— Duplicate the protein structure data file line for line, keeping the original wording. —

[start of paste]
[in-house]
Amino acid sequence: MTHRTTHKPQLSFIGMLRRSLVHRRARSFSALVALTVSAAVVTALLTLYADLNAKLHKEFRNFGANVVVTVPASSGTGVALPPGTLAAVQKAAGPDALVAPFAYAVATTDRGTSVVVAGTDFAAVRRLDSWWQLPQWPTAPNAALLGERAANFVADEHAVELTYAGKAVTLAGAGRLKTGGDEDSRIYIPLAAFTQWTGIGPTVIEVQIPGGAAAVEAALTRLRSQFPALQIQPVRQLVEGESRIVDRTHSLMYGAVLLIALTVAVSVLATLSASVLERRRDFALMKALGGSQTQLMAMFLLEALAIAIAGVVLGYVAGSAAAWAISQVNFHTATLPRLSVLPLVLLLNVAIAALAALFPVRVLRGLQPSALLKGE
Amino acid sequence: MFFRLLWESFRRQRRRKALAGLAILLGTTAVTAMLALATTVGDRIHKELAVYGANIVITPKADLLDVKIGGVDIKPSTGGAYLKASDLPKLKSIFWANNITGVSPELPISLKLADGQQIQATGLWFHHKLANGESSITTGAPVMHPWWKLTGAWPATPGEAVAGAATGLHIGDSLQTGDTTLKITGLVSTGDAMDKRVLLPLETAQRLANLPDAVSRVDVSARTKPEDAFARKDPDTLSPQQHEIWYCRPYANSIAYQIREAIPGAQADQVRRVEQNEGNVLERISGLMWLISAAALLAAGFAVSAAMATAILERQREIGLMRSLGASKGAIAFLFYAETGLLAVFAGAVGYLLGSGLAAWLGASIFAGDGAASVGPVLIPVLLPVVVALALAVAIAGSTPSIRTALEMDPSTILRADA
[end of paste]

[in-house]
Amino acid sequence: MTHRTTHKPQLSFIGMLRRSLVHRRARSFSALVALTVSAAVVTALLTLYADLNAKLHKEFRNFGANVVVTVPASSGTGVALPPGTLAAVQKAAGPDALVAPFAYAVATTDRGTSVVVAGTDFAAVRRLDSWWQLPQWPTAPNAALLGERAANFVADEHAVELTYAGKAVTLAGAGRLKTGGDEDSRIYIPLAAFTQWTGIGPTVIEVQIPGGAAAVEAALTRLRSQFPALQIQPVRQLVEGESRIVDRTHSLMYGAVLLIALTVAVSVLATLSASVLERRRDFALMKALGGSQTQLMAMFLLEALAIAIAGVVLGYVAGSAAAWAISQVNFHTATLPRLSVLPLVLLLNVAIAALAALFPVRVLRGLQPSALLKGE
Amino acid sequence: MFFRLLWESFRRQRRRKALAGLAILLGTTAVTAMLALATTVGDRIHKELAVYGANIVITPKADLLDVKIGGVDIKPSTGGAYLKASDLPKLKSIFWANNITGVSPELPISLKLADGQQIQATGLWFHHKLANGESSITTGAPVMHPWWKLTGAWPATPGEAVAGAATGLHIGDSLQTGDTTLKITGLVSTGDAMDKRVLLPLETAQRLANLPDAVSRVDVSARTKPEDAFARKDPDTLSPQQHEIWYCRPYANSIAYQIREAIPGAQADQVRRVEQNEGNVLERISGLMWLISAAALLAAGFAVSAAMATAILERQREIGLMRSLGASKGAIAFLFYAETGLLAVFAGAVGYLLGSGLAAWLGASIFAGDGAASVGPVLIPVLLPVVVALALAVAIAGSTPSIRTALEMDPSTILRADA